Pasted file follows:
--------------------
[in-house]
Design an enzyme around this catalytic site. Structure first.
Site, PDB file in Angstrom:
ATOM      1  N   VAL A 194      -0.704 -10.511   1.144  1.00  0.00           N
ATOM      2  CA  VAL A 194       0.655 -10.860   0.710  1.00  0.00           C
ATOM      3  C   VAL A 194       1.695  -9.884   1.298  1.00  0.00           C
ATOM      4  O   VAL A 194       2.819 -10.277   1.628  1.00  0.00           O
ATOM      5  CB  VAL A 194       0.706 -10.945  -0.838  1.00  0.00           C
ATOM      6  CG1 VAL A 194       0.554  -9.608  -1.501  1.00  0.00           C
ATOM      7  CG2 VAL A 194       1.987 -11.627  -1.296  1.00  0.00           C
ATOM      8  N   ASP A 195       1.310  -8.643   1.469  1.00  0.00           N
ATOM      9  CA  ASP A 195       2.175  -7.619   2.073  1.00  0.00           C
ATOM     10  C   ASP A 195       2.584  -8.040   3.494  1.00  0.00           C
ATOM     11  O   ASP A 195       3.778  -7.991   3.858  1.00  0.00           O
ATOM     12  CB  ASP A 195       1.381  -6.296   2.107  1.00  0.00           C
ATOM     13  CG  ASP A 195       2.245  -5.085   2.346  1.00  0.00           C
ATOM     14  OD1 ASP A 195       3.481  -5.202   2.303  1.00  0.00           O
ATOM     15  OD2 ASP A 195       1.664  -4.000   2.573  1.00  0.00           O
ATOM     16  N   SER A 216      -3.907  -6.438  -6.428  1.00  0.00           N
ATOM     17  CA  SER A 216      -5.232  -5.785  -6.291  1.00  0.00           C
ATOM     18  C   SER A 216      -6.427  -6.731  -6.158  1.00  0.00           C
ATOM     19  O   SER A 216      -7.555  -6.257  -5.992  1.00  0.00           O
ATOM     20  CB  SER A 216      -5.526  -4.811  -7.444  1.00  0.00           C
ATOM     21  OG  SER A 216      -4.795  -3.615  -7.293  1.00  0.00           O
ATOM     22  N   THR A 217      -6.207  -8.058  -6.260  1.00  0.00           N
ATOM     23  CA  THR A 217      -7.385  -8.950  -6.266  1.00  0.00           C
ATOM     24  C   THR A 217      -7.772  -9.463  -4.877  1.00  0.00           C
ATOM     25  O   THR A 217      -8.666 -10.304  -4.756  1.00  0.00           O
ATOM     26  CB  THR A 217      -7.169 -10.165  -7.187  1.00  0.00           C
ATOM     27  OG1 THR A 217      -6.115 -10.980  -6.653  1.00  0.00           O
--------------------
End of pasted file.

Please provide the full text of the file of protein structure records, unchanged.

[in-house]
Design an enzyme around this catalytic site. Structure first.
Site, PDB file in Angstrom:
ATOM      1  N   VAL A 194      -0.704 -10.511   1.144  1.00  0.00           N
ATOM      2  CA  VAL A 194       0.655 -10.860   0.710  1.00  0.00           C
ATOM      3  C   VAL A 194       1.695  -9.884   1.298  1.00  0.00           C
ATOM      4  O   VAL A 194       2.819 -10.277   1.628  1.00  0.00           O
ATOM      5  CB  VAL A 194       0.706 -10.945  -0.838  1.00  0.00           C
ATOM      6  CG1 VAL A 194       0.554  -9.608  -1.501  1.00  0.00           C
ATOM      7  CG2 VAL A 194       1.987 -11.627  -1.296  1.00  0.00           C
ATOM      8  N   ASP A 195       1.310  -8.643   1.469  1.00  0.00           N
ATOM      9  CA  ASP A 195       2.175  -7.619   2.073  1.00  0.00           C
ATOM     10  C   ASP A 195       2.584  -8.040   3.494  1.00  0.00           C
ATOM     11  O   ASP A 195       3.778  -7.991   3.858  1.00  0.00           O
ATOM     12  CB  ASP A 195       1.381  -6.296   2.107  1.00  0.00           C
ATOM     13  CG  ASP A 195       2.245  -5.085   2.346  1.00  0.00           C
ATOM     14  OD1 ASP A 195       3.481  -5.202   2.303  1.00  0.00           O
ATOM     15  OD2 ASP A 195       1.664  -4.000   2.573  1.00  0.00           O
ATOM     16  N   SER A 216      -3.907  -6.438  -6.428  1.00  0.00           N
ATOM     17  CA  SER A 216      -5.232  -5.785  -6.291  1.00  0.00           C
ATOM     18  C   SER A 216      -6.427  -6.731  -6.158  1.00  0.00           C
ATOM     19  O   SER A 216      -7.555  -6.257  -5.992  1.00  0.00           O
ATOM     20  CB  SER A 216      -5.526  -4.811  -7.444  1.00  0.00           C
ATOM     21  OG  SER A 216      -4.795  -3.615  -7.293  1.00  0.00           O
ATOM     22  N   THR A 217      -6.207  -8.058  -6.260  1.00  0.00           N
ATOM     23  CA  THR A 217      -7.385  -8.950  -6.266  1.00  0.00           C
ATOM     24  C   THR A 217      -7.772  -9.463  -4.877  1.00  0.00           C
ATOM     25  O   THR A 217      -8.666 -10.304  -4.756  1.00  0.00           O
ATOM     26  CB  THR A 217      -7.169 -10.165  -7.187  1.00  0.00           C
ATOM     27  OG1 THR A 217      -6.115 -10.980  -6.653  1.00  0.00           O